ST ANDREWS, Scotland | Looking at the rather capricious weather reports on the eve of the British Open, it is difficult to identify both the eventual champion and the winning score.
Everything depends on the whims of Mother Nature around the North Sea. For the past few weeks, it has been relatively lenient. This allowed the competition committee to prepare a very firm and incredibly fast Old Course.
This means that whoever lifts the Claret Jug will have to perfectly control his ball and his distances on the course of 7313 yards strewn with 112 sand traps. Because when hitting hard ground like the concrete of a highway, the ball does not stop so easily in the aisles.
We can thus predict that the eventual champion should be a veteran or a golfer who is not on his first visit to St Andrews.
Having surveyed it in other tournaments, Rory McIlroy sparkled with a 63 (-9) card at the 2010 Open.
Five years later, Australia's Marc Leishman lost in overtime . He certainly wants revenge if his putter cooperates.
And Ireland's Shane Lowry excels in windy conditions.
Experience, creativity and imagination will essential qualities on the Old Course.
In fact, only four men managed to win on their first appearance. The last to do so was Tony Lema, beating Jack Nicklaus at the finish line in 1964.
But we must not automatically exclude Justin Thomas, guided by none other than the cadet veteran Jim “Bones” Mackay, who knows the course like the back of his hand.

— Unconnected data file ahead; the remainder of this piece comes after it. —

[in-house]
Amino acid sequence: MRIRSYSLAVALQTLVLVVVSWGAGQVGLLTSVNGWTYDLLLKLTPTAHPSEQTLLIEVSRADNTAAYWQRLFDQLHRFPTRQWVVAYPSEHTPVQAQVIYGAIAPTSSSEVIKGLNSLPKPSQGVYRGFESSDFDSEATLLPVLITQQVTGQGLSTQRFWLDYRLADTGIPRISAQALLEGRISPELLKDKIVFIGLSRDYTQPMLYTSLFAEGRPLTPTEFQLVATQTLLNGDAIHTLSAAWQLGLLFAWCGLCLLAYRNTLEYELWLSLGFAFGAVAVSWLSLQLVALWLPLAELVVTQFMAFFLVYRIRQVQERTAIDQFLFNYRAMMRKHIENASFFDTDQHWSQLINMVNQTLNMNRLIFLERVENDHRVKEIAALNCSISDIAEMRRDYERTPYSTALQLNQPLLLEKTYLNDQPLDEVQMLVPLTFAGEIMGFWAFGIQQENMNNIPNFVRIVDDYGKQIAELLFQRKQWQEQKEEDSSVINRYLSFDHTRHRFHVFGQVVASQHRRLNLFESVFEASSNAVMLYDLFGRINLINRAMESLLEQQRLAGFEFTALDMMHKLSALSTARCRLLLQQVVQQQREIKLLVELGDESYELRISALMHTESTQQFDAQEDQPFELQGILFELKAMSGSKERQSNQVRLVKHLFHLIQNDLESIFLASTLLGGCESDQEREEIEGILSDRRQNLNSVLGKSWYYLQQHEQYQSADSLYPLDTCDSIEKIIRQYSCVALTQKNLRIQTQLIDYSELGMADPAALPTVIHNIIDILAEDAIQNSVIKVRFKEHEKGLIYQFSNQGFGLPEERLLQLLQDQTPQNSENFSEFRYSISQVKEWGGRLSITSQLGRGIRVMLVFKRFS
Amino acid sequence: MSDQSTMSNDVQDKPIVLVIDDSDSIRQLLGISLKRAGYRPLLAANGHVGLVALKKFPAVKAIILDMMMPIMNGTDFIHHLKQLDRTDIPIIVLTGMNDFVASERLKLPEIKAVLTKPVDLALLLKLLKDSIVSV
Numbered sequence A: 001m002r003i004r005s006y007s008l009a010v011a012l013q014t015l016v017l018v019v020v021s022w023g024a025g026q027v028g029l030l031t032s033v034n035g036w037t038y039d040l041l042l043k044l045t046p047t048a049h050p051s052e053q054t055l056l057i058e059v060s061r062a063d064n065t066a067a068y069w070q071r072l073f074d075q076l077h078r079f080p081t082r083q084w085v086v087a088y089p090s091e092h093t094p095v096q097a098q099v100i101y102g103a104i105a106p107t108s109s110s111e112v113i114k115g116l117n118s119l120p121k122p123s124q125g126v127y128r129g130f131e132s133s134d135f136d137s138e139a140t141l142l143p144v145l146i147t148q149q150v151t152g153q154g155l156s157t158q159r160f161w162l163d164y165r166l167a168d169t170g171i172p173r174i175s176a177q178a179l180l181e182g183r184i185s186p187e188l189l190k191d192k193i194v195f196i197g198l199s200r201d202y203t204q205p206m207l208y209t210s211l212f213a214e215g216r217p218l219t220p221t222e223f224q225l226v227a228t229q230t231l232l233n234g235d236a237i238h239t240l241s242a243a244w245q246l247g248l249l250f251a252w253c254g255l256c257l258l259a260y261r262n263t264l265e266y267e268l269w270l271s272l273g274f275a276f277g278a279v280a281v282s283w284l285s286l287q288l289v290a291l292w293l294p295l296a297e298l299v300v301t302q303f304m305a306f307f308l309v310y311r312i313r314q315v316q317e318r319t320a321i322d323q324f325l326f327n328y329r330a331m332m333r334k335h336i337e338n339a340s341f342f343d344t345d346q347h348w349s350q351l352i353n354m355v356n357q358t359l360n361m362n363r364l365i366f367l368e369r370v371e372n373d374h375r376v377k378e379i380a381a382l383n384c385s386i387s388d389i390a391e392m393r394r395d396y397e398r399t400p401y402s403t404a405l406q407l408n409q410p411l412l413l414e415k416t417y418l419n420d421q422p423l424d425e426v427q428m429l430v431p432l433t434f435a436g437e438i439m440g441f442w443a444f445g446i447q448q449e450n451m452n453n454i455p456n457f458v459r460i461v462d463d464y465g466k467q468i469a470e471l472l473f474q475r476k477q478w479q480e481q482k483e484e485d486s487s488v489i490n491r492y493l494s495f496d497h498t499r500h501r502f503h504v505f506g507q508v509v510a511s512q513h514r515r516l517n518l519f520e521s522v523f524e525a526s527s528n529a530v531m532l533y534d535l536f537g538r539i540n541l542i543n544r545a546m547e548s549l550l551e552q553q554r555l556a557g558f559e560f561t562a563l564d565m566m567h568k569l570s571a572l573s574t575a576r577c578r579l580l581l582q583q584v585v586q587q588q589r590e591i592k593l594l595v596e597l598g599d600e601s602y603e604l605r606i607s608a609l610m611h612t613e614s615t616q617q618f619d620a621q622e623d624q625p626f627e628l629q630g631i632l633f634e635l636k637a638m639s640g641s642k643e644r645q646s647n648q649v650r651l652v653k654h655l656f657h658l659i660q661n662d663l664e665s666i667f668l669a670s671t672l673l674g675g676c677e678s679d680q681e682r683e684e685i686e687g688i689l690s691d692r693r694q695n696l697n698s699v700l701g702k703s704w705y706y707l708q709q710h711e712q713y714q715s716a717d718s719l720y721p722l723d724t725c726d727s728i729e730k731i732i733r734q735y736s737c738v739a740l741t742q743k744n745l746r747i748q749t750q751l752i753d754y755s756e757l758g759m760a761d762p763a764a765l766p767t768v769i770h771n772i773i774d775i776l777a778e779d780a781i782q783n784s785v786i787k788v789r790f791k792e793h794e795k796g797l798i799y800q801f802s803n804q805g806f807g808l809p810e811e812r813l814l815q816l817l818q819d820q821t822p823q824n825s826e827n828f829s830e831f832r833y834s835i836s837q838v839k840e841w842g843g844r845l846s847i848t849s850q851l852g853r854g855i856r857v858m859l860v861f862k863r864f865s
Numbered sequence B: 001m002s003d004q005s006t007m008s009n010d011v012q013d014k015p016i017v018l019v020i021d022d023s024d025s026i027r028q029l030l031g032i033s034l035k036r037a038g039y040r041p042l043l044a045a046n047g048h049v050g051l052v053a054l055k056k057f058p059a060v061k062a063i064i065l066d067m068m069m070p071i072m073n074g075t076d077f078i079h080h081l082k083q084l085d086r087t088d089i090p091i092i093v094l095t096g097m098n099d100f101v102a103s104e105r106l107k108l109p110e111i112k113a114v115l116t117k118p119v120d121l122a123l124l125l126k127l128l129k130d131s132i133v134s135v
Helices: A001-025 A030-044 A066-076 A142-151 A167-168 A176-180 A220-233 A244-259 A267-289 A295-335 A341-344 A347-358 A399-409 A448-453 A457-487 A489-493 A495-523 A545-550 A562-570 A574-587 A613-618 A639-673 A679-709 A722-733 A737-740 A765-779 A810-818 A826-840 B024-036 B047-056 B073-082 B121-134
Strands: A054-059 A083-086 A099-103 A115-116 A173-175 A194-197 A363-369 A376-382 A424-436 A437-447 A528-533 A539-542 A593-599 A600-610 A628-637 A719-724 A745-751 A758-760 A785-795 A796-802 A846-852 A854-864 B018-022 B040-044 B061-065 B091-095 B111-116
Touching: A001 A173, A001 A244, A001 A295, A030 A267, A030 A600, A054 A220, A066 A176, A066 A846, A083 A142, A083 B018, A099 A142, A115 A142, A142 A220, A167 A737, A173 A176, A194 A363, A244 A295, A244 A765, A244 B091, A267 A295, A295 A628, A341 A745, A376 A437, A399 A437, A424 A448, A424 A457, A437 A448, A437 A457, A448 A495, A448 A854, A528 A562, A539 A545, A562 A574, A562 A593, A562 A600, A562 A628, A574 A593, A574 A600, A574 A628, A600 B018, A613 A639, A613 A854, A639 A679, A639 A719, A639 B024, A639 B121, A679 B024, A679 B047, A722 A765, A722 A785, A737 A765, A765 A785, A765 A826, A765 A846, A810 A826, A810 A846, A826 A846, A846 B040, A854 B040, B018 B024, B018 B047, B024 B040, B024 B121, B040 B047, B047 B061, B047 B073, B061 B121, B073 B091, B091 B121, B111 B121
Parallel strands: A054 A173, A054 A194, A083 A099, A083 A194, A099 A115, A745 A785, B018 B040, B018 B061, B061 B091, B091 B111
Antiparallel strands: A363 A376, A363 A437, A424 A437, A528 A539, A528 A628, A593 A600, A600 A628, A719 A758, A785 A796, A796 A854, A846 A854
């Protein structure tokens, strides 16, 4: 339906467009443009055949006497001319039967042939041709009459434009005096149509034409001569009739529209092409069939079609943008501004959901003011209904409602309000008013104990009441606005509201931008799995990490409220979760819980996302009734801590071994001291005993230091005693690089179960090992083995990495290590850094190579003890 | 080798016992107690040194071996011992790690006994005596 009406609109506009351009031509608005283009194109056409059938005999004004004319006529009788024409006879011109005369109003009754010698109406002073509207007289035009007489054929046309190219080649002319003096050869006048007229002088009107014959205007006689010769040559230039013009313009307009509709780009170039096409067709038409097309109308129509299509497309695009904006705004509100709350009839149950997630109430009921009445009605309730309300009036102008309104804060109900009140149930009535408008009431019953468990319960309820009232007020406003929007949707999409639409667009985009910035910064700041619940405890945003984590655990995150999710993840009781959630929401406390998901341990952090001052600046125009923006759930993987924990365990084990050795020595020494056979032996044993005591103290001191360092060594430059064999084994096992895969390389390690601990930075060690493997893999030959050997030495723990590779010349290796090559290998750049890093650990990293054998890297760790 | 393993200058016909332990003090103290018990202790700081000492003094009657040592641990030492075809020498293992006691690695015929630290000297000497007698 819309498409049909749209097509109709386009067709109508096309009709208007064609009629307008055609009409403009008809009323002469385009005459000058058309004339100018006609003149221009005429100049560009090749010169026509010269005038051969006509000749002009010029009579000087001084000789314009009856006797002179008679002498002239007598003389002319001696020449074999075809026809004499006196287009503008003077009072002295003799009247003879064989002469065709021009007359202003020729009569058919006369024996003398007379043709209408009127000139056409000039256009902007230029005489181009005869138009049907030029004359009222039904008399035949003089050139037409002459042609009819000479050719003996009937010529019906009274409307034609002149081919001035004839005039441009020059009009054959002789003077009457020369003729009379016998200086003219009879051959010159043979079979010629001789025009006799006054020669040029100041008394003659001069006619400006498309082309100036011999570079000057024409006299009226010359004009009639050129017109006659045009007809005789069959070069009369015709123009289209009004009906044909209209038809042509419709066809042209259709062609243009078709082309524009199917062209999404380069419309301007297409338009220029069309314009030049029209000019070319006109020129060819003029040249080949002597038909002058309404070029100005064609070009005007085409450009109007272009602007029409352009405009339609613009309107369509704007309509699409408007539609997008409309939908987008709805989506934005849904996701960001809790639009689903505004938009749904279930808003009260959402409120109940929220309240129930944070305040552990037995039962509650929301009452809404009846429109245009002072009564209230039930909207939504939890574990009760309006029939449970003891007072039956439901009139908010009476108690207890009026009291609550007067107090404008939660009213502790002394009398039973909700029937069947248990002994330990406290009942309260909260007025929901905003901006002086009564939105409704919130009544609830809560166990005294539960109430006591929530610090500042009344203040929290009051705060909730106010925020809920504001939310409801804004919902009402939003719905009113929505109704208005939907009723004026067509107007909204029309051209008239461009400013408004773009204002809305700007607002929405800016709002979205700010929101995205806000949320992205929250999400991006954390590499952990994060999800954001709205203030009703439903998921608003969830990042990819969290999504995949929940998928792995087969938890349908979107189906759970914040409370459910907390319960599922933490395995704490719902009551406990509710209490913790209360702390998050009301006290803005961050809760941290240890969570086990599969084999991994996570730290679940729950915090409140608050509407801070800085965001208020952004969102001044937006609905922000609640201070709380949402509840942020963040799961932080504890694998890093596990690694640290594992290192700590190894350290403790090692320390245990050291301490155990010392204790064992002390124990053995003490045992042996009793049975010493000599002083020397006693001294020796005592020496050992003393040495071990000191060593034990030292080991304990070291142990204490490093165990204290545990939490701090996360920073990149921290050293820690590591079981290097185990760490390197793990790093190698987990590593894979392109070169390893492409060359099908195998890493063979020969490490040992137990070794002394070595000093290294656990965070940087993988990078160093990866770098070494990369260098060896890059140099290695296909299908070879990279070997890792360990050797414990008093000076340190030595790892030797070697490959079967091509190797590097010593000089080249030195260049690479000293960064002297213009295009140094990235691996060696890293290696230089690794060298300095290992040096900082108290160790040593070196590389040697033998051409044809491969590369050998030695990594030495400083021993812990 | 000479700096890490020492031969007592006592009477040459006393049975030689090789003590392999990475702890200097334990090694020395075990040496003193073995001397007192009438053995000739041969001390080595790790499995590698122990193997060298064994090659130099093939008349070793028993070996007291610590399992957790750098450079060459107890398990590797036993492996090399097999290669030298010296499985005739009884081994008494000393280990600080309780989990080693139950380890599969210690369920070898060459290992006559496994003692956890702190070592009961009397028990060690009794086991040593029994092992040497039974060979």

Or Xander Schauffele, who won the Scottish Open last week and finished second at the Open at Carnoustie, across the River Tay, in 2018.
Or Scottie Scheffler, who scored a top 10 last year at Royal St George, and Will Zalatoris, who always manages to fight his way into the main draw of a Grand Slam.
< p>Not forgetting Tiger
In short, the suitors are numerous. Even Tiger Woods could surprise on one of his favorite playing fields. He believes in his chances, and his rivals believe he can, without a shadow of a doubt, chase the lead.
If the wind drops and the rain doesn't soften the fairways and greens, a winning score of around -15 is predicted. Showers are forecast to drop less than 5mm over the next four days.
Conditions will therefore remain firm and fast for this spectacular 150th Open.
35 years old |Ireland
Presence at the Open: 10e
Best result: Champion 2019
Avg. on par 4 (2022): 3.99 (22e)
Hit gained on the board (2022 ): 1.615 (8th)
Best round at the Open: 63 (-8) in 2019
29 years old |United States
Open appearance: 6e
Best result: 11e (2019)
Avg. on par 4 (2022): 3.93 (1st)
Avg. birdies per round: 4.72 (1er)
Avg. putts per hole: 1.701 (3e)
33 years old |Northern Ireland
Presence at the Open: 13e< /strong>
Best result: Champion 2014
Avg. on par 4 (2022): 3.98 (10th)
Average score this season: 68.63 (1er)
Best round at St Andrews: 63 (-9) in 2010< /strong>
Katrine Johns has been a reporter on the news desk since 2013. Before that she wrote about young adolescence and family dynamics for Styles and was the legal affairs correspondent for the Metro desk. Before joining The Gal Post, Katrine Johns worked as a staff writer at the Village Voice and a freelancer for Newsday, The Wall Street Journal, GQ and Mirabella. To get in touch, contact me through my email@example.com 1-800-268-7128